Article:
Habitat Projects

Below, private landowners tell their stories. Scroll down to read about projects on public lands, where interested citizens can see young forest, learn how to make this vibrant and important habitat, and hunt and observe the diverse, abundant wildlife attracted to those places.

Oneida County, Northcentral Wisconsin

First Steps Toward Improving a Property for Wildlife

Curt Klade, of Brookfield, owns a wooded tract in Oneida County near where he grew up. He and his family and friends often make the 250-mile drive north to spend time on the 74-acre parcel, where they can soak in nature, through hunting, hiking, and looking out for wildlife.

Recently, a mailing from the Wisconsin Young Forest Partnership got Klade thinking about what he could do to attract more wild animals to his land.

Price County, Northcentral Wisconsin

Helping Wildlife While Improving a Recreation Property

Thirteen years ago, Les Strunk bought 77 acres 250 miles north of his Oconomowoc, Wisconsin, home. The property is in northcentral Wisconsin’s Price County near the town of Prentice. Strunk characterizes his land as “a recreation property” and has enrolled it in the Wisconsin Department of Natural Resources’ Managed Forest Law Program.

Langlade County, Northern Wisconsin

“Accelerated Management” Refreshes an Alder Stand

Peter Ourada and his brother Paul own 80 wooded acres near Antigo in Langlade County. “The property has a 30- to 35-acre swamp grown up with tag alder brush,” Ourada says. “The soil is really wet. I’ve seen grouse in there; they hide out along the edges of the tag alders. I’ve kicked deer out of the swamp in hunting season. I’ve also spotted fishers and woodcock there.”

Price County, Northcentral Wisconsin

Young Forests Take "Initiative"

(The following is by Todd and Veronica Berg, from Minocqua, Wisconsin. The Bergs belong to the Ruffed Grouse Society; the article below is adapted from the fall 2015 Ruffed Grouse Society/American Woodcock Society magazine and is used by permission.)

Rusk County, Northcentral Wisconsin

Openings and Alders for Wildlife

Mike Gardner owns a small farm in northern Wisconsin about 100 miles south of his home along Lake Superior. The 42-acre parcel is “small enough that I can manage it intensively,” Gardner says. In 2012, he got help from the Ruffed Grouse Society, U.S. Fish and Wildlife Service, and Wisconsin Department of Natural Resources to improve the habitat on his land for woodcock and other young forest wildlife.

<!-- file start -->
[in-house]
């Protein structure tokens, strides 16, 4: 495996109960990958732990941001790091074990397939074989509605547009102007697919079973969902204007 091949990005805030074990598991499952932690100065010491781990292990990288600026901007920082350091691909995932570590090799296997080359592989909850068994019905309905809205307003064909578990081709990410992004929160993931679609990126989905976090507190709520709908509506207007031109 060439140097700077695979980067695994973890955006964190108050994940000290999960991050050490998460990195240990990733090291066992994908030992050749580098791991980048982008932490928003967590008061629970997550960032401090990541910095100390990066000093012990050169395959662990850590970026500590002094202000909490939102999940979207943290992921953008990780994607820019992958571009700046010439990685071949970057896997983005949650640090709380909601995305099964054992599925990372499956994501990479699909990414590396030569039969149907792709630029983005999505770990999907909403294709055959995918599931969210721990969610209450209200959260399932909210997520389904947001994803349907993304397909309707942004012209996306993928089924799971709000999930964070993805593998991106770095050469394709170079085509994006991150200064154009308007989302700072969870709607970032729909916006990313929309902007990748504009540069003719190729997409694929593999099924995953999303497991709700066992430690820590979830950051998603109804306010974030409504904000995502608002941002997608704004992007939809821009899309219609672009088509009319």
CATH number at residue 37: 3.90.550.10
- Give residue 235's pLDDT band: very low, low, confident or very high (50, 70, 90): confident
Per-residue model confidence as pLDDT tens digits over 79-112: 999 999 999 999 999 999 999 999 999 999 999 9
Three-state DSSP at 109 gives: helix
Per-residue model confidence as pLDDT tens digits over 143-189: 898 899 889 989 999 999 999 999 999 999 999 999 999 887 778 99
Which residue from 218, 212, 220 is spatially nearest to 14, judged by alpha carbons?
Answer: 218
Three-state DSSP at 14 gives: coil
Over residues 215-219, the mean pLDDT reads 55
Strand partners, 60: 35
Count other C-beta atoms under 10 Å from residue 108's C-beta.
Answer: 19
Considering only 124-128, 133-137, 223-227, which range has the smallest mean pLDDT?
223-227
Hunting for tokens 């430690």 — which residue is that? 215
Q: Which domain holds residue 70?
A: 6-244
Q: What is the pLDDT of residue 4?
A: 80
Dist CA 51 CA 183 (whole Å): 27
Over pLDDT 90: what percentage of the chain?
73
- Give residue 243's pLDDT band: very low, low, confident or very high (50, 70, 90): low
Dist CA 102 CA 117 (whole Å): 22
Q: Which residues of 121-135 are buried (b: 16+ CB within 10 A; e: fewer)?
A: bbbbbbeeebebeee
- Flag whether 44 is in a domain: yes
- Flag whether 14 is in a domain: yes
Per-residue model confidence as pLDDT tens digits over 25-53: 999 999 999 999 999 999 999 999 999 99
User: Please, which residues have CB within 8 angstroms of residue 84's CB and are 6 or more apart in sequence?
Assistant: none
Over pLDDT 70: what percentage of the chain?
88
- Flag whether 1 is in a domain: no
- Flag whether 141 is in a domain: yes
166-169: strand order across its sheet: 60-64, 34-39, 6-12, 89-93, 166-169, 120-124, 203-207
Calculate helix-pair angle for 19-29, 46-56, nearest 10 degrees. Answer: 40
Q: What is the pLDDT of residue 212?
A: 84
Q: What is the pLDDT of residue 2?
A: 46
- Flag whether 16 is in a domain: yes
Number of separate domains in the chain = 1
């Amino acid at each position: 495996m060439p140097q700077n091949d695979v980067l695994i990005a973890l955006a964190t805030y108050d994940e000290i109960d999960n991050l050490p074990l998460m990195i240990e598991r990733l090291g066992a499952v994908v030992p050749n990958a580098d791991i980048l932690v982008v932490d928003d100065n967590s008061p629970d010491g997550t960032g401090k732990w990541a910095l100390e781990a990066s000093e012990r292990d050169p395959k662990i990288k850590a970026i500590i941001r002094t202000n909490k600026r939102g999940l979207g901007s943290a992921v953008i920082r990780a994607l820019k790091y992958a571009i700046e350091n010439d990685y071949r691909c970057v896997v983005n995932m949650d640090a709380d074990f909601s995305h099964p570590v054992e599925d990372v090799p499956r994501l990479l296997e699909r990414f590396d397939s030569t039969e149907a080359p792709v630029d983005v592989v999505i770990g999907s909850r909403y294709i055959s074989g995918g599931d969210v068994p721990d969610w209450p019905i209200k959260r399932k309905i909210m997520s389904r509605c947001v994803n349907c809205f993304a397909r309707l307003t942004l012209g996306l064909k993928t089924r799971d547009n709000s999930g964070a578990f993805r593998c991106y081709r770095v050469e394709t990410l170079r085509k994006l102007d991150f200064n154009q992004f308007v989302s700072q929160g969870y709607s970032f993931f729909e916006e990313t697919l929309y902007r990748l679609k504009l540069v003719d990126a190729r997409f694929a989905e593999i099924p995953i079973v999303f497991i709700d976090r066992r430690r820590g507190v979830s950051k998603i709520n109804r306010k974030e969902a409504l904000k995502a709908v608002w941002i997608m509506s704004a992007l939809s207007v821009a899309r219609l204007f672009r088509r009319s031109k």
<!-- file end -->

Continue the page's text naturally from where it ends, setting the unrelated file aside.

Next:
Chequamegon-Nicolet National Forest, Northern Wisconsin

Bringing Back Aspen

Aspen shows its beauty in all seasons, from pale green spring foliage to quaking yellow leaves in autumn. It yields valuable forest products from pulp for paper to chips for strandboard to biomass for generating electricity. Especially when it’s young, aspen provides food and homes for a broad range of wildlife. There are all sorts of reasons for keeping aspen a major component of our northern woodlands, and on Chequamegon-Nicolet National Forest, conservationists are working to do just that.

Navarino Wildlife Area, Shawano and Waupaca Counties, Wisconsin

About Navarino Wildlife Area

Navarino Wildlife Area lies 30 miles west of Green Bay where prairie and agricultural land meet northern forest. The 15,000-acre area has sandy uplands and ridges with intervening marshy depressions. The West Branch of the Shioc River and the Wolf River run through the tract. Fifteen dikes impound water on 1,400 acres, creating open water areas fringed with wetlands.

Ackley Demonstration Area, Langlade and Marathon Counties, Wisconsin

About Ackley Demonstration Area

The Langlade and Marathon County Forests lie in rolling to hilly terrain in northern Wisconsin. Langlade County Forest totals 130,003 acres; Marathon County Forest is 28,623 acres. The Ackley Demonstration Area includes part of both of these forests, as well as the Ackley State Wildlife Area.

Lake Tomahawk Demonstration Area, Oneida County, Wisconsin

About Lake Tomahawk Demonstration Area

This demonstration area is part of the Northern Highland-American Legion (NH-AL) State Forest, at 236,575 acres the largest state forest in Wisconsin. Established in 1925, the forest protects the headwaters of the Wisconsin, Flambeau, and Manitowish rivers in the northern part of the state. The Wisconsin Department of Natural Resources manages the land.